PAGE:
The U.S. economy lost 95,000 jobs in September, far worse than expectations for no change in employment. More Census-related temp jobs ended, as expected, but state and local governments slashed staff far more than predicted.

So far in 2010, the U.S. has added just 613,000 jobs — for a monthly average of 68,111.

Employment bottomed in December 2009 at 129.588 million — two years after peaking at 137.951 million. At this year’s pace, the U.S. won’t recoup all those 8.36 million lost jobs* until March 2020 — 147 months after the December 2007 high.

That would obliterate the old post-World War II record of 47 months set in the wake of the 2001 recession.

The current jobs slump also is the deepest of any in the post-war era, with payrolls down as much as 6.1%. They are still 5.6% below their December 2007 level.

With state and local governments likely to shed workers for at least the next year or two as budget woes continue, the hiring burden will fall entirely on the private sector.

Private employers did add 64,000 workers last month, but that was a little less than consensus forecasts and far below what’s needed.

The U.S. needs to create 125,000-150,000 jobs each month just to absorb new workers and prevent unemployment from rising. So returning to the old peak employment a decade later would hardly suggest a healthy labor market.

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California grossly miscalculated pollution levels in a scientific analysis used to toughen the state’s clean-air standards, and scientists have spent the past several months revising data and planning a significant weakening of the landmark regulation, The Chronicle has found.

The pollution estimate in question was too high – by 340 percent, according to the California Air Resources Board, the state agency charged with researching and adopting air quality standards. The estimate was a key part in the creation of a regulation adopted by the Air Resources Board in 2007, a rule that forces businesses to cut diesel emissions by replacing or making costly upgrades to heavy-duty, diesel-fueled off-road vehicles used in construction and other industries.

The staff of the powerful and widely respected Air Resources Board said the overestimate is largely due to the board calculating emissions before the economy slumped, which halted the use of many of the 150,000 diesel-exhaust-spewing vehicles in California. Independent researchers, however, found huge overestimates in the air board’s work on diesel emissions and attributed the flawed work to a faulty method of calculation – not the economic downturn.

The overestimate, which comes after another bad calculation by the air board on diesel-related deaths that made headlines in 2009, prompted the board to suspend the regulation this year while officials decided whether to weaken the rule.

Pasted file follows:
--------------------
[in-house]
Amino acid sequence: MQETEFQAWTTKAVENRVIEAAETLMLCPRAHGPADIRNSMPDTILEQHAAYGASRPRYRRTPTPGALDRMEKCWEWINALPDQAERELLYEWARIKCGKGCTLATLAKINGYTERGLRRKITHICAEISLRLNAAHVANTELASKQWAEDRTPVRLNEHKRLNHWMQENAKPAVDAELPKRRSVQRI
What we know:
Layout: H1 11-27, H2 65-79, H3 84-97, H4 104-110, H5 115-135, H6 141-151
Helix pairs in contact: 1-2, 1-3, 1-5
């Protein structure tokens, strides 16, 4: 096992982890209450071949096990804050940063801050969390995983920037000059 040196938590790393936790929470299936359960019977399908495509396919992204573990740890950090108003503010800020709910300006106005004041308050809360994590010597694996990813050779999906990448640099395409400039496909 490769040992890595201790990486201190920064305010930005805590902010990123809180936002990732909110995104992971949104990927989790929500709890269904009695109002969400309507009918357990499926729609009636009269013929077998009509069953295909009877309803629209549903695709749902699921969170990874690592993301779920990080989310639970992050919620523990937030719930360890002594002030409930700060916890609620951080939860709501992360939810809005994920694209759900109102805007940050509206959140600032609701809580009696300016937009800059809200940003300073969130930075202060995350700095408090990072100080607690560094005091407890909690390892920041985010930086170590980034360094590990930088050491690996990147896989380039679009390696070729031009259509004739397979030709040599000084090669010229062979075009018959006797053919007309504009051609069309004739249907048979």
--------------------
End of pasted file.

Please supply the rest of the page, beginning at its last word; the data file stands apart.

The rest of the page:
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As millions of hardworking Americans struggle to make ends meet, Senate staffers will participate next week in a two-day orgy of back massages, organic food tastings and milk mustache photos.

It’s all part of a health fair for the staffers, who enjoy some of the best health care in the country.

Not only will they get health screenings, they’ll also find out if their iPods are too loud.

Neither the Senate’s Education and Training Office nor the Senate sergeant-at-arms, which oversees the office, would say which vendors are providing the services or how much the health fair will cost taxpayers.

But there will be no shortage of vendors providing screenings for visual acuity, chiropractic health, bone density, glaucoma, PSA levels, cholesterol levels and hearing.

The Senate staffers also will be treated to seated massages, herbal teas, polarity therapy, low-fat cheese samples and organic foods. A pharmacist and health coach will be available to speak to fairgoers about their medications, nutrition and healthy lifestyle questions.

Fairgoers can test themselves with brain games and bring their MP3 players to be tested for decibel levels.

The fair, to be held on Thursday and Friday, is not uncommon among federal agencies, a senior Senate aide told FoxNews.com. Fairs of this sort are held every year.

An aide in the sergeant-at-arms office told FoxNews.com in an e-mail that the fair is open to all Senate staff, and there is no fee to attend. The costs to the office, the aide said, are “minimum.”

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Talk about a financial scandal. A consumer borrows money to buy a house, doesn’t make the mortgage payments, and then loses the house in foreclosure—only to learn that the wrong guy at the bank signed the foreclosure paperwork. Can you imagine? The affidavit was supposed to be signed by the nameless, faceless employee in the back office who reviewed the file, not the other nameless, faceless employee who sits in the front.